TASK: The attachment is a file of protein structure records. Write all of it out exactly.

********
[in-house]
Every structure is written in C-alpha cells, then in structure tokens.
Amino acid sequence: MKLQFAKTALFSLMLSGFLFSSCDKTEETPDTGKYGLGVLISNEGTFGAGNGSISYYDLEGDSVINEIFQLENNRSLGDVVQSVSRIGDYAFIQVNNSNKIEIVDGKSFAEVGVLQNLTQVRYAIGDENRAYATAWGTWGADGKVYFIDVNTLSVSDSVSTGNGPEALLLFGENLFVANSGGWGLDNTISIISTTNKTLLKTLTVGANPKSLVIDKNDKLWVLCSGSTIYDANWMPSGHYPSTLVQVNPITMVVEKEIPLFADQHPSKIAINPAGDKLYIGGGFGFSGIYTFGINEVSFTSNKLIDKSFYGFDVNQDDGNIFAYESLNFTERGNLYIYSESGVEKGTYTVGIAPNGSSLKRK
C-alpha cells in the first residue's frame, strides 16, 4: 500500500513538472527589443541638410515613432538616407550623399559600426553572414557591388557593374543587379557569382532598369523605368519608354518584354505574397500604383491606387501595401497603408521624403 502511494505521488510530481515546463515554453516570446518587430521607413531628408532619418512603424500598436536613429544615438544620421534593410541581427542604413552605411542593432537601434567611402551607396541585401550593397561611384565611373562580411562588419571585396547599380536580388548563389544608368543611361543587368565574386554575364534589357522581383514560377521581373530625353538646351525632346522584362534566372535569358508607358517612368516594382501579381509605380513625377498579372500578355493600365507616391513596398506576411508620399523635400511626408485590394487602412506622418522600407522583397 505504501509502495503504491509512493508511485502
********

[in-house]
Every structure is written in C-alpha cells, then in structure tokens.
Amino acid sequence: MKLQFAKTALFSLMLSGFLFSSCDKTEETPDTGKYGLGVLISNEGTFGAGNGSISYYDLEGDSVINEIFQLENNRSLGDVVQSVSRIGDYAFIQVNNSNKIEIVDGKSFAEVGVLQNLTQVRYAIGDENRAYATAWGTWGADGKVYFIDVNTLSVSDSVSTGNGPEALLLFGENLFVANSGGWGLDNTISIISTTNKTLLKTLTVGANPKSLVIDKNDKLWVLCSGSTIYDANWMPSGHYPSTLVQVNPITMVVEKEIPLFADQHPSKIAINPAGDKLYIGGGFGFSGIYTFGINEVSFTSNKLIDKSFYGFDVNQDDGNIFAYESLNFTERGNLYIYSESGVEKGTYTVGIAPNGSSLKRK
C-alpha cells in the first residue's frame, strides 16, 4: 500500500513538472527589443541638410515613432538616407550623399559600426553572414557591388557593374543587379557569382532598369523605368519608354518584354505574397500604383491606387501595401497603408521624403 502511494505521488510530481515546463515554453516570446518587430521607413531628408532619418512603424500598436536613429544615438544620421534593410541581427542604413552605411542593432537601434567611402551607396541585401550593397561611384565611373562580411562588419571585396547599380536580388548563389544608368543611361543587368565574386554575364534589357522581383514560377521581373530625353538646351525632346522584362534566372535569358508607358517612368516594382501579381509605380513625377498579372500578355493600365507616391513596398506576411508620399523635400511626408485590394487602412506622418522600407522583397 505504501509502495503504491509512493508511485502